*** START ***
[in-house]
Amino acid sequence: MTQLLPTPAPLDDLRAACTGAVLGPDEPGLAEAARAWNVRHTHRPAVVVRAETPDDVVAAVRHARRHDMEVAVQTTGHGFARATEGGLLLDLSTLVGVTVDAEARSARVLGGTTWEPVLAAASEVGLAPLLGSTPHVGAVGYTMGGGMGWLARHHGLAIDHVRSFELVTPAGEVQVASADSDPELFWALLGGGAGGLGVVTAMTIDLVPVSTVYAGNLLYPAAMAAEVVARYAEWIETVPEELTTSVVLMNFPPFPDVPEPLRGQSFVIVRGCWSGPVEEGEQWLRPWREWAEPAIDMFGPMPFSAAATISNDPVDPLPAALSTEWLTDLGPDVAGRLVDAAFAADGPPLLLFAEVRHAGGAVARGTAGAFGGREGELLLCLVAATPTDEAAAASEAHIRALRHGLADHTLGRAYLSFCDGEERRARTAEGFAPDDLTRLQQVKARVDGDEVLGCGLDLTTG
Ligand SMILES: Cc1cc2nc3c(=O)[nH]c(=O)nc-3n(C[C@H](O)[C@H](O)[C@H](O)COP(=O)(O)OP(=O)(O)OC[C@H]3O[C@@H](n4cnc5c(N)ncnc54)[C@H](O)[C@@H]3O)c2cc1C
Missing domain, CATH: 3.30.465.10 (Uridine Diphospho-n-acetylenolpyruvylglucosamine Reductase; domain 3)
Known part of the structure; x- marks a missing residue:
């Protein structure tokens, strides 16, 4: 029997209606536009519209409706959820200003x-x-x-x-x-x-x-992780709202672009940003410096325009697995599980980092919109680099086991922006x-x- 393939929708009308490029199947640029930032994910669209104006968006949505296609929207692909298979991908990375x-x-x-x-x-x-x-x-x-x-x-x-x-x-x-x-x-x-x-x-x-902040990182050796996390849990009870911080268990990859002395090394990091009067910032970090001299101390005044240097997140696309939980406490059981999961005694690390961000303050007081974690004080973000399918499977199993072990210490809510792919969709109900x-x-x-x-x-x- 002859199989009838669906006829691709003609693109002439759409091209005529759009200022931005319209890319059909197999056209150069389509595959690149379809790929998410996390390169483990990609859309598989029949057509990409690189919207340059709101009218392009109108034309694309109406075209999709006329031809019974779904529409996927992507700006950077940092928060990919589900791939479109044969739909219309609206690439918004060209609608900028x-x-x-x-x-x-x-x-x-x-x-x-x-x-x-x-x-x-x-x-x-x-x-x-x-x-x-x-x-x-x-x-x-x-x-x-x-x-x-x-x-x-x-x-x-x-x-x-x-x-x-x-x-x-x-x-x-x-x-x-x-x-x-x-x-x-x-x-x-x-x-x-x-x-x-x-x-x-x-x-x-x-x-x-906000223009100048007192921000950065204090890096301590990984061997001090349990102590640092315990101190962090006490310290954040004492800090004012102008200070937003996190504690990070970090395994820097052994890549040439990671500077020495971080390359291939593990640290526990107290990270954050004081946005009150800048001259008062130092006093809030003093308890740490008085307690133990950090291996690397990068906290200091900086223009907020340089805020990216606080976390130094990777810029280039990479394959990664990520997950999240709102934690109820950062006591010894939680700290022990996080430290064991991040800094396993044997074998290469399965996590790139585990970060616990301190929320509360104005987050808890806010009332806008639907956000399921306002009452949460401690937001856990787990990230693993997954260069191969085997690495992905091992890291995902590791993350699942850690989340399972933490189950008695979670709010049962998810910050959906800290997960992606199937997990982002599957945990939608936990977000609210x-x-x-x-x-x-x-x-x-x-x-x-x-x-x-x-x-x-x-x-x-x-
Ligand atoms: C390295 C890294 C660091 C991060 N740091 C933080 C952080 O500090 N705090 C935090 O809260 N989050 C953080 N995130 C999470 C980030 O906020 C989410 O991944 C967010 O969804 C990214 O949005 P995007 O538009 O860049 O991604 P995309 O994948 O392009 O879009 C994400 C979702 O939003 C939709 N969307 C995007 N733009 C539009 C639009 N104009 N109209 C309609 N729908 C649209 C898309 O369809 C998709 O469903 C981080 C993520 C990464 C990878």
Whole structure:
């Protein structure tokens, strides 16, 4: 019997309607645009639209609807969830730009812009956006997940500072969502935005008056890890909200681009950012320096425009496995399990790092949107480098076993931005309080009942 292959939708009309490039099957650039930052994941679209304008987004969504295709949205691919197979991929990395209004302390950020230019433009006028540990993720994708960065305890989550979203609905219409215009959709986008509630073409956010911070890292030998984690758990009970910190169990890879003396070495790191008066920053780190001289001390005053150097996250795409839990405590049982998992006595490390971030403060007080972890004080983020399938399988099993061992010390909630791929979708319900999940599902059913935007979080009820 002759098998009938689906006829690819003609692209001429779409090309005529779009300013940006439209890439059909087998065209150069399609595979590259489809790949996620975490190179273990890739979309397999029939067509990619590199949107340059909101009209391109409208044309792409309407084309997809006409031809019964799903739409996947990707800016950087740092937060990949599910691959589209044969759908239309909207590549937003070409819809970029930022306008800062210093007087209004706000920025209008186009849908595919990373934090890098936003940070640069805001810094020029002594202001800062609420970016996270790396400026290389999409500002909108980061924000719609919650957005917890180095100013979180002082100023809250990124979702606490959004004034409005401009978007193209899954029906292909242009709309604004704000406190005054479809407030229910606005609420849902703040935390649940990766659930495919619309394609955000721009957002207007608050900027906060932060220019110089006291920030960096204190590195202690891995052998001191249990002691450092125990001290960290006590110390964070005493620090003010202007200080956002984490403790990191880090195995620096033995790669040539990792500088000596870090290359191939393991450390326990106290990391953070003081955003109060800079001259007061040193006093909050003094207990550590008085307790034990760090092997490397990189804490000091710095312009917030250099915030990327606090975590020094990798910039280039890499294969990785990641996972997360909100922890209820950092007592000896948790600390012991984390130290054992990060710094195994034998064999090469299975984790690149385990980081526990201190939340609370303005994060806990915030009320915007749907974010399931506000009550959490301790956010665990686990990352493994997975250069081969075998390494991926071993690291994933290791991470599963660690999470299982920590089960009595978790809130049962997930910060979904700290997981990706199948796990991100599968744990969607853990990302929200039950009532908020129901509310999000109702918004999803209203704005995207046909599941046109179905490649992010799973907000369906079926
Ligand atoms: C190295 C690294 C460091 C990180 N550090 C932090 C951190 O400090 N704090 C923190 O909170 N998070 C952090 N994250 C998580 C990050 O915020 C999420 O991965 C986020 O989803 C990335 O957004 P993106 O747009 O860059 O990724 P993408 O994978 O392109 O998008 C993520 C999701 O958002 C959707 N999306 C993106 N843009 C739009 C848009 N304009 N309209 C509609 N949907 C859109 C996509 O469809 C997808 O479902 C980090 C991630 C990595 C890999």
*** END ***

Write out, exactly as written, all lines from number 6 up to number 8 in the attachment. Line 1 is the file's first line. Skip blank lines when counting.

């Protein structure tokens, strides 16, 4: 029997209606536009519209409706959820200003x-x-x-x-x-x-x-992780709202672009940003410096325009697995599980980092919109680099086991922006x-x- 393939929708009308490029199947640029930032994910669209104006968006949505296609929207692909298979991908990375x-x-x-x-x-x-x-x-x-x-x-x-x-x-x-x-x-x-x-x-x-902040990182050796996390849990009870911080268990990859002395090394990091009067910032970090001299101390005044240097997140696309939980406490059981999961005694690390961000303050007081974690004080973000399918499977199993072990210490809510792919969709109900x-x-x-x-x-x- 002859199989009838669906006829691709003609693109002439759409091209005529759009200022931005319209890319059909197999056209150069389509595959690149379809790929998410996390390169483990990609859309598989029949057509990409690189919207340059709101009218392009109108034309694309109406075209999709006329031809019974779904529409996927992507700006950077940092928060990919589900791939479109044969739909219309609206690439918004060209609608900028x-x-x-x-x-x-x-x-x-x-x-x-x-x-x-x-x-x-x-x-x-x-x-x-x-x-x-x-x-x-x-x-x-x-x-x-x-x-x-x-x-x-x-x-x-x-x-x-x-x-x-x-x-x-x-x-x-x-x-x-x-x-x-x-x-x-x-x-x-x-x-x-x-x-x-x-x-x-x-x-x-x-x-x-906000223009100048007192921000950065204090890096301590990984061997001090349990102590640092315990101190962090006490310290954040004492800090004012102008200070937003996190504690990070970090395994820097052994890549040439990671500077020495971080390359291939593990640290526990107290990270954050004081946005009150800048001259008062130092006093809030003093308890740490008085307690133990950090291996690397990068906290200091900086223009907020340089805020990216606080976390130094990777810029280039990479394959990664990520997950999240709102934690109820950062006591010894939680700290022990996080430290064991991040800094396993044997074998290469399965996590790139585990970060616990301190929320509360104005987050808890806010009332806008639907956000399921306002009452949460401690937001856990787990990230693993997954260069191969085997690495992905091992890291995902590791993350699942850690989340399972933490189950008695979670709010049962998810910050959906800290997960992606199937997990982002599957945990939608936990977000609210x-x-x-x-x-x-x-x-x-x-x-x-x-x-x-x-x-x-x-x-x-x-
Ligand atoms: C390295 C890294 C660091 C991060 N740091 C933080 C952080 O500090 N705090 C935090 O809260 N989050 C953080 N995130 C999470 C980030 O906020 C989410 O991944 C967010 O969804 C990214 O949005 P995007 O538009 O860049 O991604 P995309 O994948 O392009 O879009 C994400 C979702 O939003 C939709 N969307 C995007 N733009 C539009 C639009 N104009 N109209 C309609 N729908 C649209 C898309 O369809 C998709 O469903 C981080 C993520 C990464 C990878």
Whole structure: